Possible signs of endocannabinoid deficiency:

If you develop issues with sleep, chronic pain, menstrual pain, unmanageable stress, IBS symptoms, migraine, depression or any other issues relating to bodily functions that are regulated by the endocannabinoid system, this may be a sign of endocannabinoid deficiency or dysregulation. Unfortunately, there is no definitive cause of CECD and the concept is still very much a theory which requires more robust research to be better understood. If you’re ever unsure, always speak with a qualified healthcare professional about your conditions and symptoms.

Is medicinal cannabis right for me and my condition/s?

If you have a chronic condition with symptoms that are resistant to other types of treatment, such as pain or anxiety, you may want to explore medicinal cannabis as a potential treatment option with a prescribing doctor. Medicinal cannabis may be beneficial for patients who have some kind of endocannabinoid dysfunction, which has been seen in endometriosis patients, fibromyalgia patients and more.

Medicinal cannabis is legal in Australia with a valid prescription. To be eligible for medicinal cannabis, you’ll need to:

  1. Have a chronic condition with symptoms lasting 3 months or more, and
  2. Have tried other conventional treatments which were ineffective or caused you unwanted side effects.

Take our free eligibility quiz to see if you might be eligible for medical cannabis access.

Ultimately it will be up to a prescribing doctor to determine whether cannabis may be right for you and your condition. A cannabis clinician with experience in cannabinoid medicines is your best bet for getting specialised advice and a treatment plan that meets your therapeutic needs. An experienced cannabis clinician should be able to determine which cannabinoids and other cannabis compounds would benefit you and your symptoms, as well as your ideal type of cannabis treatment, the method you use to take it and at what dose.

6 ways to balance your endocannabinoid system

There are a number of ways we can naturally regulate our endocannabinoid system to achieve balance in the body and treat potential endocannabinoid deficiencies. Some of these methods include:

  1. Eating more omega-3 fatty acids: fatty acid precursors – like those found in omega-3 – are known to produce endocannabinoids.15 Try consuming omega-3 rich foods like wild-caught fish, nuts and seeds and pasture-raised eggs.
  2. Diversifying your gut microbiome: eating a wide range of fruits and vegetables (all of which contain microbacteria feeding prebiotics) can boost endocannabinoid levels.16
  3. Trying terpenes: terpenes are the aromatic compounds found in plants – including cannabis. The terpene Beta-caryophyllene (BCP) which is found not only in cannabis but in basil, black pepper, cloves, cinnamon and more activates the CB2 receptor17 and has anti-inflammatory, anxiety and pain reducing and neuroprotective effects.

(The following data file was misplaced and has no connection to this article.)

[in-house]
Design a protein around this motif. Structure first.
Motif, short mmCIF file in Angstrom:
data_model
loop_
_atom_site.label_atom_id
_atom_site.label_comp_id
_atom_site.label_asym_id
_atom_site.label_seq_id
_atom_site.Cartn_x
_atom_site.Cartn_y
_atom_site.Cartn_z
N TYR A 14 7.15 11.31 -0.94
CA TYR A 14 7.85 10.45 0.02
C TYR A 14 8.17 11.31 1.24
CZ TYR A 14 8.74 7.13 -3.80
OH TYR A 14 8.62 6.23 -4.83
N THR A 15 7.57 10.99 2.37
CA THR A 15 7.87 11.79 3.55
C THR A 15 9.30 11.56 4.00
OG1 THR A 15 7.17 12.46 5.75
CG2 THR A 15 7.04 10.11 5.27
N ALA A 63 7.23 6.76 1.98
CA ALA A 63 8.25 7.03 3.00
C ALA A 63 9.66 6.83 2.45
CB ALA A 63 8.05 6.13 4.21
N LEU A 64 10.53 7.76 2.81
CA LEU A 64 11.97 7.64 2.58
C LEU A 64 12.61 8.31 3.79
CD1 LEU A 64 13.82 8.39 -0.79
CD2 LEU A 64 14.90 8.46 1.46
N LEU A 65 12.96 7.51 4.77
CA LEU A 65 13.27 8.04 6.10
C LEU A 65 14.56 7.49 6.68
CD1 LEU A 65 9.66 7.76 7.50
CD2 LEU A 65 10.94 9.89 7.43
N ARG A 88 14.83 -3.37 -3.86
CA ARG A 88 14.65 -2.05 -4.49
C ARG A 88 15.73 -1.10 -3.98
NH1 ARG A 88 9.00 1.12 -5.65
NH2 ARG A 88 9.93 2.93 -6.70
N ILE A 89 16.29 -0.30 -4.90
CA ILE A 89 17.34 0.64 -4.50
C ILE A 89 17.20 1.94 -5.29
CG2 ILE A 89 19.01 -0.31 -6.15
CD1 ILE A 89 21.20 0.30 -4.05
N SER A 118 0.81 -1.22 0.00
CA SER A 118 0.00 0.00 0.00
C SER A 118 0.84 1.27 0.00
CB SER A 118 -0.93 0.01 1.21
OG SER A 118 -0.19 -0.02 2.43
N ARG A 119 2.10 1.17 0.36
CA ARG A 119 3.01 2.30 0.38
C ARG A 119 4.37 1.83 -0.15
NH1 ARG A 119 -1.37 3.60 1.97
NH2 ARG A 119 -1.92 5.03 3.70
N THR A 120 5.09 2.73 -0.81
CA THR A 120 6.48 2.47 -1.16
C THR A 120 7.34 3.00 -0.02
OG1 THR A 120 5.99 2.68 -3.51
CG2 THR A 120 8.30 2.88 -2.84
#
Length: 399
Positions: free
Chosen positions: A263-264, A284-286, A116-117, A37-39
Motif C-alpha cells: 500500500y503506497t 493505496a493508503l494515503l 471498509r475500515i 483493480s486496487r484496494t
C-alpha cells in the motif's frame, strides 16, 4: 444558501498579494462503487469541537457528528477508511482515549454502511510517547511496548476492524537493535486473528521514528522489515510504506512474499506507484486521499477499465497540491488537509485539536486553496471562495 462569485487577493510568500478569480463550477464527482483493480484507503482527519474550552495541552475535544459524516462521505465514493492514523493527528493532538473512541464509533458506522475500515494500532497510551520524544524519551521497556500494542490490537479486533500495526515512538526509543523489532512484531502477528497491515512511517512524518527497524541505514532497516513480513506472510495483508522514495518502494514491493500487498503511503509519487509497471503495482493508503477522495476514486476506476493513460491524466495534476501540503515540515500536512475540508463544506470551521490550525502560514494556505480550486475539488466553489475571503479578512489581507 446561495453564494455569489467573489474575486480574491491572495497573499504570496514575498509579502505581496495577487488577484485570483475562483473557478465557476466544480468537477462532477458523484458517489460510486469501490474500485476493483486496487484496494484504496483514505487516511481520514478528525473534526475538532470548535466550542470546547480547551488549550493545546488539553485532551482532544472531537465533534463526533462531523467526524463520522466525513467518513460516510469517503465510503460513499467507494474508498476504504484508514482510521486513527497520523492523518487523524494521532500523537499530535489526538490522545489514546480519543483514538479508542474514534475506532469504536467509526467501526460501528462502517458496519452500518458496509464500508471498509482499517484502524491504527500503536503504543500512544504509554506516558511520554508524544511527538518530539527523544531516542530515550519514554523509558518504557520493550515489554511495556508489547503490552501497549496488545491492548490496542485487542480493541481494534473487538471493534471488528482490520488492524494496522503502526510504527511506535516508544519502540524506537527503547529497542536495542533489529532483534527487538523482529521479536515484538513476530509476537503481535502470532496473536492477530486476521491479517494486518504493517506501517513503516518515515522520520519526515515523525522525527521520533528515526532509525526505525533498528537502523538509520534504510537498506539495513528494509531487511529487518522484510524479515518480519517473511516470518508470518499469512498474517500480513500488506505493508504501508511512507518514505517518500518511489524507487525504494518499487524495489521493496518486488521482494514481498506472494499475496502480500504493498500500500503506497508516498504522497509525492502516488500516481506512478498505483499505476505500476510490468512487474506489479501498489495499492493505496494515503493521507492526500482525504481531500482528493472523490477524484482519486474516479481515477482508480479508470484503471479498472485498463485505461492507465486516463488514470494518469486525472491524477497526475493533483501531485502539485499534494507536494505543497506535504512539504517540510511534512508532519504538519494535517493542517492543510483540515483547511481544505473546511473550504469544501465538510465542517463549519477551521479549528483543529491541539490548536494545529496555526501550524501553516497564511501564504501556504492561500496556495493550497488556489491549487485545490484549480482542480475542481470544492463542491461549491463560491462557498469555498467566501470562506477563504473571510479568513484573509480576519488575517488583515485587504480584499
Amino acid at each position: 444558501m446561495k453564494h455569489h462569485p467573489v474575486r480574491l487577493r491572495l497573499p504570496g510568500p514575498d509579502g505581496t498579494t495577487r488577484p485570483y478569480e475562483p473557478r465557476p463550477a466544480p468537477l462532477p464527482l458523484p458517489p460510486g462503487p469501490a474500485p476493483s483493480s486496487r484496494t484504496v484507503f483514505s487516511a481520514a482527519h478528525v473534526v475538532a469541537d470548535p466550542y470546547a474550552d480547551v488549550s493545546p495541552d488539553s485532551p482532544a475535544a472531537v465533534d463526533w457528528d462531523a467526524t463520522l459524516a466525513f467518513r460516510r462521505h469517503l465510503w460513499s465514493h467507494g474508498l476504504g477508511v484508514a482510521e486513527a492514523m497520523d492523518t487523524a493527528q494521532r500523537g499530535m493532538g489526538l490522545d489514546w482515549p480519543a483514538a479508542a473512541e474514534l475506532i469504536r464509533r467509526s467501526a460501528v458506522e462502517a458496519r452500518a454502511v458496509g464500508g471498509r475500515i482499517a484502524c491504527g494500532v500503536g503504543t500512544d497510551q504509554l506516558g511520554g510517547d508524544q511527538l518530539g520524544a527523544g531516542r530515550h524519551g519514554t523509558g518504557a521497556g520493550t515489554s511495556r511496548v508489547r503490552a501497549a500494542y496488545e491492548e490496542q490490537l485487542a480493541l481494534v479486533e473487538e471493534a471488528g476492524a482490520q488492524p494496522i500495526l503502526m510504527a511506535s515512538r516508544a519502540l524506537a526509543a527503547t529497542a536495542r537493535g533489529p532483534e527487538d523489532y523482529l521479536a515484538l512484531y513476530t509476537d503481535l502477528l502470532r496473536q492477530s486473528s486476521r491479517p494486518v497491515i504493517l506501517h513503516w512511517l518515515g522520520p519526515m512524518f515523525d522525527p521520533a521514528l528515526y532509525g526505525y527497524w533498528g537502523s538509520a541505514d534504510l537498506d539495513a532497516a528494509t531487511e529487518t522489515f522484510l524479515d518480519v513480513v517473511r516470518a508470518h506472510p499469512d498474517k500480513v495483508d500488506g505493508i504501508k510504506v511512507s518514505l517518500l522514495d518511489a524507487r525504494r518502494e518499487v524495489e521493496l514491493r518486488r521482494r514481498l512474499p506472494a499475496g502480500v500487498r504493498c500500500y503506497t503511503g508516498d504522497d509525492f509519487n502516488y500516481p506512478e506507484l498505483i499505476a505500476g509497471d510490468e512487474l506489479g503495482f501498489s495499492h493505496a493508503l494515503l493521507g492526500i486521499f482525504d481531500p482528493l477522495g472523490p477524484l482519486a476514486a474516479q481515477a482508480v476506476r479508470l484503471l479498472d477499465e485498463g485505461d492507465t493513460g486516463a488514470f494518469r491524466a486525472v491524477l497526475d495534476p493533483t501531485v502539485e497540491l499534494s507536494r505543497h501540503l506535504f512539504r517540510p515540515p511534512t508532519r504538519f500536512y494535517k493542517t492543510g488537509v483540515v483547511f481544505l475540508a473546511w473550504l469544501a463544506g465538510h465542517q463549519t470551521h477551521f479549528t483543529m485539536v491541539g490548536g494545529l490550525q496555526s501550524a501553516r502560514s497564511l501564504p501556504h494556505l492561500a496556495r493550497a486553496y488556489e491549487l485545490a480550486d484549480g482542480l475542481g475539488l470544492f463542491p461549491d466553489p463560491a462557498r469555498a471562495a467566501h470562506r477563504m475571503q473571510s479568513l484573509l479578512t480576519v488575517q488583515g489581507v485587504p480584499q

4. Moving your body: exercise has been shown to increase endocannabinoids18 to help maintain homeostasis within the body, with moderate aerobic activity19 having a greater benefit than light or intense exercise. Importantly, the exercise should be something you enjoy and take pleasure in to really benefit your endocannabinoid system.  
  5. Reducing stress: prolonged periods of stress can impair the development of new cannabinoid receptors, and increased amounts of the stress hormone cortisol interfere with the function of our CB1 cannabinoid receptors, finding ways to reduce stress is another good way to regulate the ECS.20
  6. Consuming cannabinoids: When there is a potential endocannabinoid deficiency,9 or a condition like chronic pain that is resistant to standard treatments (such as medications, therapies and lifestyle changes), phytocannabinoids in medicinal cannabis treatments can potentially help boost our endocannabinoid system function.

The bottom line

Although there is still much research to be done, studies to date strongly suggest that the endocannabinoid system plays a vital role in our central nervous system and immune systems. This means that maintaining a balanced and functioning endocannabinoid system is essential for good health. Lifestyle changes like diet, exercise, stress reduction techniques and herbal medicines can be used to help upregulate the endocannabinoid system and drive a range of health benefits, while cannabinoids like THC and CBD can be useful in helping to correct potential endocannabinoid deficiencies where other treatments have failed.

At Polln, all of our doctors are experts in cannabinoid medicines who understand the therapeutic implications of medicinal cannabis. They can determine your suitability for medical cannabis and tailor a treatment plan with your individual needs, symptoms and potential endocannabinoid deficiencies in mind.

To talk to an expert in medicinal cannabis, sign up as a Polln patient today.

  1.  Zou S, Kumar U. Cannabinoid Receptors and the Endocannabinoid System: Signaling and Function in the Central Nervous System. Int J Mol Sci. 2018 Mar 13;19(3):833. doi: 10.3390/ijms19030833. PMID: 29533978; PMCID: PMC5877694.
  2.  Zou S, Kumar U. Cannabinoid Receptors and the Endocannabinoid System: Signaling and Function in the Central Nervous System. Int J Mol Sci. 2018 Mar 13;19(3):833. doi: 10.3390/ijms19030833. PMID: 29533978; PMCID: PMC5877694.
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  9.  Russo EB. Clinical Endocannabinoid Deficiency Reconsidered: Current Research Supports the Theory in Migraine, Fibromyalgia, Irritable Bowel, and Other Treatment-Resistant Syndromes. Cannabis Cannabinoid Res. 2016 Jul 1;1(1):154-165. doi: 10.1089/can.2016.0009. PMID: 28861491; PMCID: PMC5576607.